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2581: St Mark's Cathedral, Minneapolis, Minnesota, USA
St Mark's Cathedral, Minneapolis, MN Photo: Andrew Ciscel and used under license
Mystery Worshipper: Liturgist.
The church: St Mark's Cathedral, Minneapolis, Minnesota, USA.
Denomination: The Episcopal Church, Diocese of Minnesota.
The building: It is a neo-Gothic building in the perpendicular style, with the usual two aisles and a high clerestory, but without transepts. The ribbed vaulting is fairly simple, but the spaces are filled with light colored stones in a geometric pattern, adding visual interest. Erected as the parish's third building in 1908, with the idea that it might become a cathedral, it attained that status in 1941. It hosted the First World Anglican Congress in 1954 and this is marked by the installation in the floor of the nave of the first Anglican Compass Rose designed by the late Canon Edward N. West.
The church: The church is intentionally inclusive and welcoming. Some members were wearing "Ask Me" buttons and offered informed answers to questions about the cathedral. Mrs Liturgist actually worshiped there when growing up, but has been away for nearly 50 years.
The neighborhood: The cathedral is located in the center of the city, on the edge of Loring Park. Some museums, the Tyrone Guthrie Theater, and a large Presbyterian church are nearby. We saw an ad for a new condominium building, but the area did not appear to be largely residential.
The cast: The Revd Dr Mildred L. Cox, assistant priest, was the celebrant, assisted by the Revd Deacon Patrick Markie. The Revd Canon Richard H. Norman, Jr preached. The organist was Raymond Johnston, and the lectors were Kathy McGill and Sylvia Foreman. Other lay and ordained participants were not individually identified.
The date & time: August 18, 2013, 10.30am.

What was the name of the service?
Holy Eucharist, Rite II.

How full was the building?
The building seats about 900 and was nearly half full.

Did anyone welcome you personally?
We took advantage of the elevator to enter from the parish house. A group of greeters welcomed us and took time for brief conversation in addition to giving us bulletins.

Was your pew comfortable?
The pews were cushioned and quite comfortable. We wound up in the front pew, which had no kneelers (others did), but many people stood for most of the prayers anyway.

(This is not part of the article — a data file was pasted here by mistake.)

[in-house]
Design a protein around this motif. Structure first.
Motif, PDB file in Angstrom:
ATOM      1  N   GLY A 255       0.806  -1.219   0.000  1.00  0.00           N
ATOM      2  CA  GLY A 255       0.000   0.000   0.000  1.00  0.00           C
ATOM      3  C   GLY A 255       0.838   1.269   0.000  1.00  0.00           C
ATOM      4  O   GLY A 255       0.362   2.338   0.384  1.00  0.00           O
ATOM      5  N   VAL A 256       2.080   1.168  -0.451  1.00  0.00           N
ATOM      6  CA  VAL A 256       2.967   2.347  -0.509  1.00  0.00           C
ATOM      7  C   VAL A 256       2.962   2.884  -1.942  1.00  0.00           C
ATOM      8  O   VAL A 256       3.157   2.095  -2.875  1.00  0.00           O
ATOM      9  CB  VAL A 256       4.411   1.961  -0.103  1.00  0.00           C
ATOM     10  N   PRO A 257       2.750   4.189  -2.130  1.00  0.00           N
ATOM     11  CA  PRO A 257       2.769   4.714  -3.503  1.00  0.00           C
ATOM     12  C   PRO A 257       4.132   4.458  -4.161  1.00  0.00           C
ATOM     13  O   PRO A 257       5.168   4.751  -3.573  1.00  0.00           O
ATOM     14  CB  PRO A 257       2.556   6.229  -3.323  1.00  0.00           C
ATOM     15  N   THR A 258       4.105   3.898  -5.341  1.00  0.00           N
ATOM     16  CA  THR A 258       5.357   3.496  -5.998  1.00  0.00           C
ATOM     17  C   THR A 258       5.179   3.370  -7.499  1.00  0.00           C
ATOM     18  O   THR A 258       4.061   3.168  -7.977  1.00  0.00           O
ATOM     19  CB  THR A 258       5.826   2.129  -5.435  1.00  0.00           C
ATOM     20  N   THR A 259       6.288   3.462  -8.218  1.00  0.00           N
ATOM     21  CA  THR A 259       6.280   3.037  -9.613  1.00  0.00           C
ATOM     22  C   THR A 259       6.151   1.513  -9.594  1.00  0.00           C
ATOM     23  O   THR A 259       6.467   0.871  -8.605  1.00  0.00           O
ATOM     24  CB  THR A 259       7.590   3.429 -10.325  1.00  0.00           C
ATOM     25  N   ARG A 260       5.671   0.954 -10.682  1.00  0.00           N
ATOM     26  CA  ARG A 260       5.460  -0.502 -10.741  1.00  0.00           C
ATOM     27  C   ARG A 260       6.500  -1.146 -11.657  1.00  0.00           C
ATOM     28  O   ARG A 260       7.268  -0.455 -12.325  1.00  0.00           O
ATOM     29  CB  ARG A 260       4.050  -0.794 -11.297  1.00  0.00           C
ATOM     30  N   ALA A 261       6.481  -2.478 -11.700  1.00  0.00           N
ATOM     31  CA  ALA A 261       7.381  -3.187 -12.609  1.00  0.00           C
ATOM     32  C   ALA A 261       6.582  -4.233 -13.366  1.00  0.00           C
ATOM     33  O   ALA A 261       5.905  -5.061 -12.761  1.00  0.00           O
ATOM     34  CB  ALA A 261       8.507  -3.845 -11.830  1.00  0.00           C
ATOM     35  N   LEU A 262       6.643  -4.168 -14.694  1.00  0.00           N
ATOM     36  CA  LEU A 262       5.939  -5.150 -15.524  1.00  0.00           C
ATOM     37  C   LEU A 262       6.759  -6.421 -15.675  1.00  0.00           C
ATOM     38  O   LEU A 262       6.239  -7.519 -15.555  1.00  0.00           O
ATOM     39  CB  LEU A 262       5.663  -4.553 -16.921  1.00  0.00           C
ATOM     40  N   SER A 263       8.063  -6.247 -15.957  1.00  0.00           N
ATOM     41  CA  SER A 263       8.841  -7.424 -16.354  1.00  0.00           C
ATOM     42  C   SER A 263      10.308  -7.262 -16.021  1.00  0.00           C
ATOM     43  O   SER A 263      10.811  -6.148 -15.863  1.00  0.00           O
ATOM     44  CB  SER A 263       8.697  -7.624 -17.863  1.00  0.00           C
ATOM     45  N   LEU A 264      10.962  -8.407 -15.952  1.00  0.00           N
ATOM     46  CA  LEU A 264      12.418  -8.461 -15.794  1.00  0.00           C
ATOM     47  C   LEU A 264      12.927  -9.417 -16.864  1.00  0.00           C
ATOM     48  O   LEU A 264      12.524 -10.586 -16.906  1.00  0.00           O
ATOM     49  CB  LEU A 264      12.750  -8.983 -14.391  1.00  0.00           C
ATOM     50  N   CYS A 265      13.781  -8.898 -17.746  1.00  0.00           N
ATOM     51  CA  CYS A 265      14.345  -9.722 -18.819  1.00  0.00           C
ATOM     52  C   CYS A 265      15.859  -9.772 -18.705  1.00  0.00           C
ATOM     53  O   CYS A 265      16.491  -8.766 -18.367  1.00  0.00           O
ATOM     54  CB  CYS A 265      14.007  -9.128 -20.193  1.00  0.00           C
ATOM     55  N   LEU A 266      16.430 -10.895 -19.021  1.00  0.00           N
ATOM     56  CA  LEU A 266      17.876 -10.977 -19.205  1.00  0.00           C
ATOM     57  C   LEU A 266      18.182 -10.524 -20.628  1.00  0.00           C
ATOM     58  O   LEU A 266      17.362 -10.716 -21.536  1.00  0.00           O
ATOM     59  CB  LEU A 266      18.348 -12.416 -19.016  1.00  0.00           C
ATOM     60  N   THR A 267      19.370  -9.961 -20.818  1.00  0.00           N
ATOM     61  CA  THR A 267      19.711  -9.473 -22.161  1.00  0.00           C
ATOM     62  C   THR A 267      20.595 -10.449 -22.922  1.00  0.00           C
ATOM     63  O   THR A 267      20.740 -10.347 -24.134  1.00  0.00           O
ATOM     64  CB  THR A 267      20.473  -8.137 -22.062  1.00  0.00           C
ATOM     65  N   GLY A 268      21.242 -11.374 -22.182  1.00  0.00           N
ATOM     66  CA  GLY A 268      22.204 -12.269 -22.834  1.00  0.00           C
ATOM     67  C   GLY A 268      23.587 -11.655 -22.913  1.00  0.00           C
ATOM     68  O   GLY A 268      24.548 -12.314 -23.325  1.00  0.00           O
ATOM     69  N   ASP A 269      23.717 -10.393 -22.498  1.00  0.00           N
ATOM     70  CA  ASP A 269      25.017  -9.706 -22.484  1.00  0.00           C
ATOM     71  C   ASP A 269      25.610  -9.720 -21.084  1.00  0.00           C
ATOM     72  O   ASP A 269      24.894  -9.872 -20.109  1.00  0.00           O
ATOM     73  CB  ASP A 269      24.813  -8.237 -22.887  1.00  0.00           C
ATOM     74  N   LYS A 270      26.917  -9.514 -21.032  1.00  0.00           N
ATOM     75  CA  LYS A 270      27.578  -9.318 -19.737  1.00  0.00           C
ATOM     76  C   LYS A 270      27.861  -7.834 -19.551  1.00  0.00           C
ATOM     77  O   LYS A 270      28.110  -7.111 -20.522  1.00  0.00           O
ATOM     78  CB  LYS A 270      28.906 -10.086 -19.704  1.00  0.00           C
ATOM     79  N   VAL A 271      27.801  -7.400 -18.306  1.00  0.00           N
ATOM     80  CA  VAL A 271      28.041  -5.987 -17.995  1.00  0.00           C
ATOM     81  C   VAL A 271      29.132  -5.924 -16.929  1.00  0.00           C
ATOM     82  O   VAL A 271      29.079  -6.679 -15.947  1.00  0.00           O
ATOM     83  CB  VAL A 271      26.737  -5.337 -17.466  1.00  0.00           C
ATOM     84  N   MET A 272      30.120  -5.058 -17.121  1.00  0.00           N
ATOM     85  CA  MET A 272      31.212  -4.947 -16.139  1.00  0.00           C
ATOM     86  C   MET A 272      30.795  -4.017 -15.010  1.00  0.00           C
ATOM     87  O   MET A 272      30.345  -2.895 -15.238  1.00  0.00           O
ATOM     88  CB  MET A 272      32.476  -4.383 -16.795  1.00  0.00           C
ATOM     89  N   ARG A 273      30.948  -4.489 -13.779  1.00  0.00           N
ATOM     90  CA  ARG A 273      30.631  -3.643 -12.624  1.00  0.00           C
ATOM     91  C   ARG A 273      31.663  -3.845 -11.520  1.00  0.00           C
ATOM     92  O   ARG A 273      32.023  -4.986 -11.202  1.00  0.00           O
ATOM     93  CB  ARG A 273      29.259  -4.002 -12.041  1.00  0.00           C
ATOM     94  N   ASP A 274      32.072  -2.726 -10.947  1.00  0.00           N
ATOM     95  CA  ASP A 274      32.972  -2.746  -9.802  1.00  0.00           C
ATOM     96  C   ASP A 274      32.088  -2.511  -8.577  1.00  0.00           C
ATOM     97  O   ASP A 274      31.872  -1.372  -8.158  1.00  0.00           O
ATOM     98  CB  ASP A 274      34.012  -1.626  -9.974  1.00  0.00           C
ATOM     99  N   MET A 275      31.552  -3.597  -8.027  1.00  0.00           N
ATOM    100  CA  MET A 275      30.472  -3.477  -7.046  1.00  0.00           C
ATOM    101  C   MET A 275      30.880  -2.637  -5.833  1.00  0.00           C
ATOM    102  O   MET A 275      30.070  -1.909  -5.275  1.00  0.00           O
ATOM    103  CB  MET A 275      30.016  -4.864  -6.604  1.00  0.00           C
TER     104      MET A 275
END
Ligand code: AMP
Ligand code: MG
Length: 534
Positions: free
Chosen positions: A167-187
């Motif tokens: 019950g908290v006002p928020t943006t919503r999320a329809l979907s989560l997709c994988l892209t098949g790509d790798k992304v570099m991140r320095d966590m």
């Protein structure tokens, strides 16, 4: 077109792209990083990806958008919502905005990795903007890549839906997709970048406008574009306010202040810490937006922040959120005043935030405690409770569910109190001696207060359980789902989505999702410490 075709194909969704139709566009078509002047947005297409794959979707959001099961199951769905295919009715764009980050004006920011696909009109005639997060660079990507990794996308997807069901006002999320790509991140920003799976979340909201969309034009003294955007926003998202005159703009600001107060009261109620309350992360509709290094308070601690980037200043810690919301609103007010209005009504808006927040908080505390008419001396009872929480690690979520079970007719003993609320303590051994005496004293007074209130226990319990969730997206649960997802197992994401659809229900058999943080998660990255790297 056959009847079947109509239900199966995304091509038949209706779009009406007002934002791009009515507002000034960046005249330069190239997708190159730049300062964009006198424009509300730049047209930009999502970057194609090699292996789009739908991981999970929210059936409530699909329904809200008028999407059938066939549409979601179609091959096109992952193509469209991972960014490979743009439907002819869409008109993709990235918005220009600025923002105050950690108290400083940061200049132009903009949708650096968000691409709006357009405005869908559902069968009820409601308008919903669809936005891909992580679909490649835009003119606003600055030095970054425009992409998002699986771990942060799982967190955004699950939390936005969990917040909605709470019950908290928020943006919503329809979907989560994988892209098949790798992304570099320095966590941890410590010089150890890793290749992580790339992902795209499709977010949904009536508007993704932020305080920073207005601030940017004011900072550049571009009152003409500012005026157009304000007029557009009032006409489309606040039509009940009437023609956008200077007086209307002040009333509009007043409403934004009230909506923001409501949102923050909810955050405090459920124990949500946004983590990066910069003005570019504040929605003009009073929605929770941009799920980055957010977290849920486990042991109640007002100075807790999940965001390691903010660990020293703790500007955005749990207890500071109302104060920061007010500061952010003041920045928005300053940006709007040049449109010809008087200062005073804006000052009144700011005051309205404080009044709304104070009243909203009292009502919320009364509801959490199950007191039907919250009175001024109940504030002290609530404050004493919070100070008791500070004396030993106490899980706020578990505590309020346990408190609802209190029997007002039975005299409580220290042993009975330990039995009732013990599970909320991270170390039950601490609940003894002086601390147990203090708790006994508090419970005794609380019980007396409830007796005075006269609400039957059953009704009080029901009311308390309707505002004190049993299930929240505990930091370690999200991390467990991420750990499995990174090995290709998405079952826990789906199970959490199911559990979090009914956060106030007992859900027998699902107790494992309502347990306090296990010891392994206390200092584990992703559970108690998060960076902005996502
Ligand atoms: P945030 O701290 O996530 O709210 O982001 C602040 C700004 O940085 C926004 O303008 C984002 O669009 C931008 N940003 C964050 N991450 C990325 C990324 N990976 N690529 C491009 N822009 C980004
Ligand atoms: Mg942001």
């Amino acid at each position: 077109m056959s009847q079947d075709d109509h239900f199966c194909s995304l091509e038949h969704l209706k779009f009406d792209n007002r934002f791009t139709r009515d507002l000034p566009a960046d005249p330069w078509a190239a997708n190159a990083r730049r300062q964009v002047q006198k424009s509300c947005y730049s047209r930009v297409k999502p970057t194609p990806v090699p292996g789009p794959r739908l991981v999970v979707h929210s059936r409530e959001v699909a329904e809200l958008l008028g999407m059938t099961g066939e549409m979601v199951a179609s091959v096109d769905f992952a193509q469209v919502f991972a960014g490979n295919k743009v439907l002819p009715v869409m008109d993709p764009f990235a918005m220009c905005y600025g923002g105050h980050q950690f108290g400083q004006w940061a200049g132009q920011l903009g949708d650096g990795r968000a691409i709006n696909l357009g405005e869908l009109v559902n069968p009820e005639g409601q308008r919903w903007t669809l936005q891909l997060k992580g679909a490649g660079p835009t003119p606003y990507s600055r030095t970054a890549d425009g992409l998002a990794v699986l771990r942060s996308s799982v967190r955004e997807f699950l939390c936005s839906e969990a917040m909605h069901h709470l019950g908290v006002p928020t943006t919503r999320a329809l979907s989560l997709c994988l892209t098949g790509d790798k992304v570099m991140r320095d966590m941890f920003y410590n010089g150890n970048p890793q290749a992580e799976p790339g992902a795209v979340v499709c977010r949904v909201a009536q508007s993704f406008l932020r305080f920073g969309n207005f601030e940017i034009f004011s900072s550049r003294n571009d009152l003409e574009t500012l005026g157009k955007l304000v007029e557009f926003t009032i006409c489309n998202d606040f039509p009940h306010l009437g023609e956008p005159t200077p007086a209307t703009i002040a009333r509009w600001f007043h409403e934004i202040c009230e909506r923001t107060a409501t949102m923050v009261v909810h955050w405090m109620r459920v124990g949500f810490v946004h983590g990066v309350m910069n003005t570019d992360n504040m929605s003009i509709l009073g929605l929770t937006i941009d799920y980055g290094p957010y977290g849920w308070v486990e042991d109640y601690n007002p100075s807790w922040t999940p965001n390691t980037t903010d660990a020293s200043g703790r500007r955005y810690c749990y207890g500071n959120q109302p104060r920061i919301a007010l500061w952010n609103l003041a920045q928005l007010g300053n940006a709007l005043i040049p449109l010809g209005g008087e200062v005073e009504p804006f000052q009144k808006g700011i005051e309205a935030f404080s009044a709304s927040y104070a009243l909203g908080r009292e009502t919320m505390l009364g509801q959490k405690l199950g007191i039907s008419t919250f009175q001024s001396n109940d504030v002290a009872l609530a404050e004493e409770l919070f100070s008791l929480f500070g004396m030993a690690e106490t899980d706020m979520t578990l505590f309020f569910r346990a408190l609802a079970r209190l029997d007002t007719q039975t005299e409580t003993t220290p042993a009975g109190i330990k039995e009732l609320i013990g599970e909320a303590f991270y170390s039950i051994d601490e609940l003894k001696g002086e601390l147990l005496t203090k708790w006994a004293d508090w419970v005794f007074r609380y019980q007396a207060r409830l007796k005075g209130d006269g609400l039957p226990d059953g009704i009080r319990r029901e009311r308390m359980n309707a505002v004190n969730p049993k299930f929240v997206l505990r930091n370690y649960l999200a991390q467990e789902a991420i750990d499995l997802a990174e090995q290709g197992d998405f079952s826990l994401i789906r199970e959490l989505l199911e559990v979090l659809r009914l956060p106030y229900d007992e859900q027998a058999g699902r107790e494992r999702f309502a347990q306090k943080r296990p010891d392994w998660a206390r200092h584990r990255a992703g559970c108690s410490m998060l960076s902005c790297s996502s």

How would you describe the pre-service atmosphere?
The prelude (Couperin's Agnus Dei) was in progress, and the atmosphere was quiet and reverent. (The greeters were just outside the worship space.)

What were the exact opening words of the service?
Announcements preceded the service and began with: "Good morning." After a pause, worship began with the hymn: "Lift high the cross."

What books did the congregation use during the service?
The Book of Common Prayer 1979 and the Hymnal 1982 were in the pews and were used. Some additional material was in the bulletins.

What musical instruments were played?
The organ, an opus of Foley-Baker Inc. of Tolland, Connecticut, dating from 2012, that incorporates some of the pipework from the original 1929 Welte organ and some later additions by the Kimball and Moller companies. The result is a magnificent instrument beautifully suited to the space.

Did anything distract you?
Canon Norman wore an alb with a large cowl type of hood/collar that kept reminding us of John the Baptist after his close encounter with Salome.

Was the worship stiff-upper-lip, happy clappy, or what?
The worship pattern was traditional and fairly formal, but not stiff. The leaders seemed to know what they were doing, and did it without fussing.

Exactly how long was the sermon?
13 minutes.

On a scale of 1-10, how good was the preacher?
8 – For some reason it is more difficult to hear speech from the pulpit than from the altar or choir – Canon Norman projected well but it was still harder to follow the sermon than the announcements he had made earlier.

In a nutshell, what was the sermon about?
The topic was divisions on earth, from the gospel of the day: Luke 12:49-56 (Jesus says that he came not to bring peace, but rather division). He began with the story of St Francis (whose statue is on the pulpit) and his confrontation with his father as an illustration of such a division. The point drawn from this was that such divisions require us to make decisions, and we need to work to make the right ones.

Which part of the service was like being in heaven?
The organ and organist (who came out of the English cathedral tradition and represented it excellently).

And which part was like being in... er... the other place?
What bothered us the most was that most of the sermon's suggested "right decisions" were strongly on the politically liberal side (probably welcome to most of the congregation but not to us).

What happened when you hung around after the service looking lost?
We wandered around to see the cathedral. Many of the people spoke and at least one did mention that the coffee was on the lawn. As we had seen the set-up on the way in, no further directions were needed.

How would you describe the after-service coffee?
Adequate, and it was served in real china. We fell in with a small but friendly group, but didn't speak with anyone else.

How would you feel about making this church your regular (where 10 = ecstatic, 0 = terminal)?
7 – Of course it's a long commute, and we would tend to look for a more conservative atmosphere. However, the music was great, the sermon did make a valid point, and there was a sense of reverence and devotion there.

Did the service make you feel glad to be a Christian?
Emphatically.

What one thing will you remember about all this in seven days' time?
Two actually: the organ playing and John the Baptist.
 
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